MIRA Pharmaceuticals Shares Encouraging Pre-Clinical Results for Ketamir-2

The company is evaluating the oral ketamine analog as a fast-acting antidepressant.

Ketamier-2, MIRA Pharmaceuticals’ oral ketamine analog, demonstrated excellent stability in the bloodstream and showed the potential to be metabolized effectively and safely in pre-clinical trials, the company said.

The company is evaluating the oral ketamine analog as a potential therapeutic for individuals battling treatment-resistant depression, major depressive disorder with suicidal ideation and post-traumatic stress disorder.

MIRA is conducting pre-clinical studies of Ketamir-2 in collaboration with Frontage Laboratories.

The latest in vitro research focused on Ketamir-2’s stability in the bloodstream, its metabolism (processing by the body) and how it binds to proteins in the blood, according to the company. “These factors play a crucial role in determining a drug’s adequacy and likelihood for acceptable safety, its pharmacological profile and potential modes of administration to patients,” MIRA said in a news release.

MIRA provided the following summary of the pre-clinical studies:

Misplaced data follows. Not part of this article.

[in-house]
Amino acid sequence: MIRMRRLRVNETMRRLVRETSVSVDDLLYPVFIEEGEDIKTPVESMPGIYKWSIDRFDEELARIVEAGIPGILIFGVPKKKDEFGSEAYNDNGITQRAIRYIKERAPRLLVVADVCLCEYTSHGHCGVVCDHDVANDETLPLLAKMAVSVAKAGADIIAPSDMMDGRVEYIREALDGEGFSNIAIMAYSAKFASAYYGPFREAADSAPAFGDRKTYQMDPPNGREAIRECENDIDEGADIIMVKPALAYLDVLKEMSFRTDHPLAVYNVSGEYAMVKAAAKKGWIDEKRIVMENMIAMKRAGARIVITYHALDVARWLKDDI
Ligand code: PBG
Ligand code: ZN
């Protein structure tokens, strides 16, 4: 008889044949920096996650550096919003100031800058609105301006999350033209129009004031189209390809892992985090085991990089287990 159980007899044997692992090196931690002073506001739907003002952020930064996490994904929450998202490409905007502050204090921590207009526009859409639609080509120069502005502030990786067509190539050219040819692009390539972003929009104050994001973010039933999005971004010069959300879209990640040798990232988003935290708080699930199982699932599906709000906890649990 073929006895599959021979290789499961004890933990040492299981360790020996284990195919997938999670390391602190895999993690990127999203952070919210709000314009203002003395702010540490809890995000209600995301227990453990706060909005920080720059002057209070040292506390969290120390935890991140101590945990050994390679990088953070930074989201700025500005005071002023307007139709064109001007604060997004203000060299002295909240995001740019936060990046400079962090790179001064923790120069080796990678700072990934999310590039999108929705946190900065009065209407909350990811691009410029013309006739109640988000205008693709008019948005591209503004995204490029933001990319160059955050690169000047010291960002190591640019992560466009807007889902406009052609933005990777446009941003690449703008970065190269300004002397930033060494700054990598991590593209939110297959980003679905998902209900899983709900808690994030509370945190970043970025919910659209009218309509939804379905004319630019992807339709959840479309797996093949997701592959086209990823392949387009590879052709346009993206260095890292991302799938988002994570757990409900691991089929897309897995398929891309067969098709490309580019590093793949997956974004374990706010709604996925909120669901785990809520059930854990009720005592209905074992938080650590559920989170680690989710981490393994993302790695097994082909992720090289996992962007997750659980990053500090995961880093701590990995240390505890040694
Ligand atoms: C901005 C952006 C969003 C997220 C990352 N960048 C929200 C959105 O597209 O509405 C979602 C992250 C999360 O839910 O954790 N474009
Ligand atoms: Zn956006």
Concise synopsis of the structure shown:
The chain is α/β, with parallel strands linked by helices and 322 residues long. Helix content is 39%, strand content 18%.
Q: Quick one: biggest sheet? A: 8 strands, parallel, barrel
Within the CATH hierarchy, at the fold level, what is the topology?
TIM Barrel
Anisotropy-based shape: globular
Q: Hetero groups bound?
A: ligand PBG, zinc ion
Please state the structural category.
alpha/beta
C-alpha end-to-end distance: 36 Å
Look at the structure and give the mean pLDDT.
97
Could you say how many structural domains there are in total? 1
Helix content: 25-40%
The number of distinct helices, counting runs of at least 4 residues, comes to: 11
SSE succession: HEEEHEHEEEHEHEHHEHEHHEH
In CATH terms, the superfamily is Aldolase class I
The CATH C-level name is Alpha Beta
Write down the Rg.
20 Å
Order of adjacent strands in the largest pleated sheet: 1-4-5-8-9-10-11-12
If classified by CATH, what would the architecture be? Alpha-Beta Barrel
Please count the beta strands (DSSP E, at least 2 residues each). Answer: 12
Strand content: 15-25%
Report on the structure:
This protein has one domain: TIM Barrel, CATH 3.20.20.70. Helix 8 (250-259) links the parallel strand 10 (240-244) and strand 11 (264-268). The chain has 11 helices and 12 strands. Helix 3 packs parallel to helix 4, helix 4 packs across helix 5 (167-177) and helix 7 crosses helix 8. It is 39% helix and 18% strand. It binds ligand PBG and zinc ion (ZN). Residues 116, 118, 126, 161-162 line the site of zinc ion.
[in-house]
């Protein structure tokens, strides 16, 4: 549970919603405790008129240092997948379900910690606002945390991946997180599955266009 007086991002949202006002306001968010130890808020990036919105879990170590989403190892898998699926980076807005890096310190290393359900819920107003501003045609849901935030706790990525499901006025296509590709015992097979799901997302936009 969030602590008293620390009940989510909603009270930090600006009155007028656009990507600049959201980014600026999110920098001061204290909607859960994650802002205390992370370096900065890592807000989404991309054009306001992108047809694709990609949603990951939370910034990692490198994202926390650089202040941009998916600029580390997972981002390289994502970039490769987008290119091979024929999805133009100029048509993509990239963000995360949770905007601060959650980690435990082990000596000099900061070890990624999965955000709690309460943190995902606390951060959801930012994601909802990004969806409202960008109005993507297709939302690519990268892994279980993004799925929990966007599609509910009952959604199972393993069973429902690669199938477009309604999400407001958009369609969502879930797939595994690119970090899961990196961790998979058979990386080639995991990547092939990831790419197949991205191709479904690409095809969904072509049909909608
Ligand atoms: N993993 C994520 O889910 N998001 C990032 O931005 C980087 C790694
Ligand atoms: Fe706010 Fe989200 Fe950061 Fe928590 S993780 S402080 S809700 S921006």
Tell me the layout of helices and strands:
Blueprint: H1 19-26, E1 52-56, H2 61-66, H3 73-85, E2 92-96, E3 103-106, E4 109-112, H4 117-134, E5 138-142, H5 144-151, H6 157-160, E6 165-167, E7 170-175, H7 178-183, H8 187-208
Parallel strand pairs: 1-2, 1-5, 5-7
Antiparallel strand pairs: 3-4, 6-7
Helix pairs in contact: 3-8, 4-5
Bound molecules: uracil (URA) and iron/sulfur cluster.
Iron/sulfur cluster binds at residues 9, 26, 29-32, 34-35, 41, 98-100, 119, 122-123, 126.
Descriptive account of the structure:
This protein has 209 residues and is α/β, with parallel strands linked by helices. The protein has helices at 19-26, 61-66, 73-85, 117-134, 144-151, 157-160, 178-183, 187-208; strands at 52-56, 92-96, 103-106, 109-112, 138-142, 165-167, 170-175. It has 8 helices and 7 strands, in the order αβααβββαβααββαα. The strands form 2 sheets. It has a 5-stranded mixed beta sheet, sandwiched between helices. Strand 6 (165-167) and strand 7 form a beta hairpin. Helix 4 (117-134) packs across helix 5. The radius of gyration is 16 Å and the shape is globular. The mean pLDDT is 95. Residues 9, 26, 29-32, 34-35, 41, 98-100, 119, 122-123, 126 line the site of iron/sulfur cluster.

1. Blood stability and distribution – Ketamir-2 demonstrated excellent stability in blood from various species, including humans. This means that once in the bloodstream, Ketamir-2 remains unchanged for a sufficient duration, allowing it to potentially exert its therapeutic effects effectively.
  2. Metabolic profile –The studies indicate the potential for Ketamir-2 to be metabolized effectively and safely. The clear identification of specific liver enzymes hints at the potential for Ketamir-2 having fewer interactions with other medications, addressing a common concern among doctors and patients.
  3. Protein binding –Ketamir-2 appears to bind optimally to blood proteins, which suggests the potential for effective delivery throughout the body. This property is crucial for distributing the drug to brain areas where it can exert its effects.
  4. Safety profiles –Initial toxicology assessments provide a favorable safety profile crucial for advancement through regulatory review and clinical trials.

MIRA said the company is hopeful that the results of the most recent studies will enable MIRA to file an investigational new-drug application (IND) with the U.S. Food and Drug Administration by the end of the year. If accepted, the IND would allow for human testing of Ketamir-2.

“The data we have obtained from these studies is invaluable,” MIRA Chief Scientific Advisor Itzchak Angel said. “They not only enhance our understanding of Ketamir-2 but also underscore its potential benefits for patients with TRD and PTSD and pave the way for what we believe will be straightforward IND-enabling development.”